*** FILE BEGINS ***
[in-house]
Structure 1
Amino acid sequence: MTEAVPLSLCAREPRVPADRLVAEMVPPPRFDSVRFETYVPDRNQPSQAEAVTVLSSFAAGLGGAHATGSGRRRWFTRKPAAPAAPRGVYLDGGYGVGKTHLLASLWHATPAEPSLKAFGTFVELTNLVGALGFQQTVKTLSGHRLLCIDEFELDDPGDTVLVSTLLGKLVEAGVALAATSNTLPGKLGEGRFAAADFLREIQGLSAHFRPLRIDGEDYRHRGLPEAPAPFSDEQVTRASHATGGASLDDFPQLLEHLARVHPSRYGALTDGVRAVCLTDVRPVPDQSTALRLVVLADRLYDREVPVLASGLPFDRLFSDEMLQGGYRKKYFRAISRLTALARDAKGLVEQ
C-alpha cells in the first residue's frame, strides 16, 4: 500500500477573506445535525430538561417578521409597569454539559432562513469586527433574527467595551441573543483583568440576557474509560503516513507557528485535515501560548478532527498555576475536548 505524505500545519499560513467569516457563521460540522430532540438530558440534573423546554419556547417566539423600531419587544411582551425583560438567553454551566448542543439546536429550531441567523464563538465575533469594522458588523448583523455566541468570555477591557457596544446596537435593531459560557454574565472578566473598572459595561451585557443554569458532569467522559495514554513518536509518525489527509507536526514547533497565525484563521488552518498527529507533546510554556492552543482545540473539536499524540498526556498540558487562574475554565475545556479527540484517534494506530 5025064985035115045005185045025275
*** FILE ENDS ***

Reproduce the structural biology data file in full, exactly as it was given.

[in-house]
Structure 1
Amino acid sequence: MTEAVPLSLCAREPRVPADRLVAEMVPPPRFDSVRFETYVPDRNQPSQAEAVTVLSSFAAGLGGAHATGSGRRRWFTRKPAAPAAPRGVYLDGGYGVGKTHLLASLWHATPAEPSLKAFGTFVELTNLVGALGFQQTVKTLSGHRLLCIDEFELDDPGDTVLVSTLLGKLVEAGVALAATSNTLPGKLGEGRFAAADFLREIQGLSAHFRPLRIDGEDYRHRGLPEAPAPFSDEQVTRASHATGGASLDDFPQLLEHLARVHPSRYGALTDGVRAVCLTDVRPVPDQSTALRLVVLADRLYDREVPVLASGLPFDRLFSDEMLQGGYRKKYFRAISRLTALARDAKGLVEQ
C-alpha cells in the first residue's frame, strides 16, 4: 500500500477573506445535525430538561417578521409597569454539559432562513469586527433574527467595551441573543483583568440576557474509560503516513507557528485535515501560548478532527498555576475536548 505524505500545519499560513467569516457563521460540522430532540438530558440534573423546554419556547417566539423600531419587544411582551425583560438567553454551566448542543439546536429550531441567523464563538465575533469594522458588523448583523455566541468570555477591557457596544446596537435593531459560557454574565472578566473598572459595561451585557443554569458532569467522559495514554513518536509518525489527509507536526514547533497565525484563521488552518498527529507533546510554556492552543482545540473539536499524540498526556498540558487562574475554565475545556479527540484517534494506530 5025064985035115045005185045025275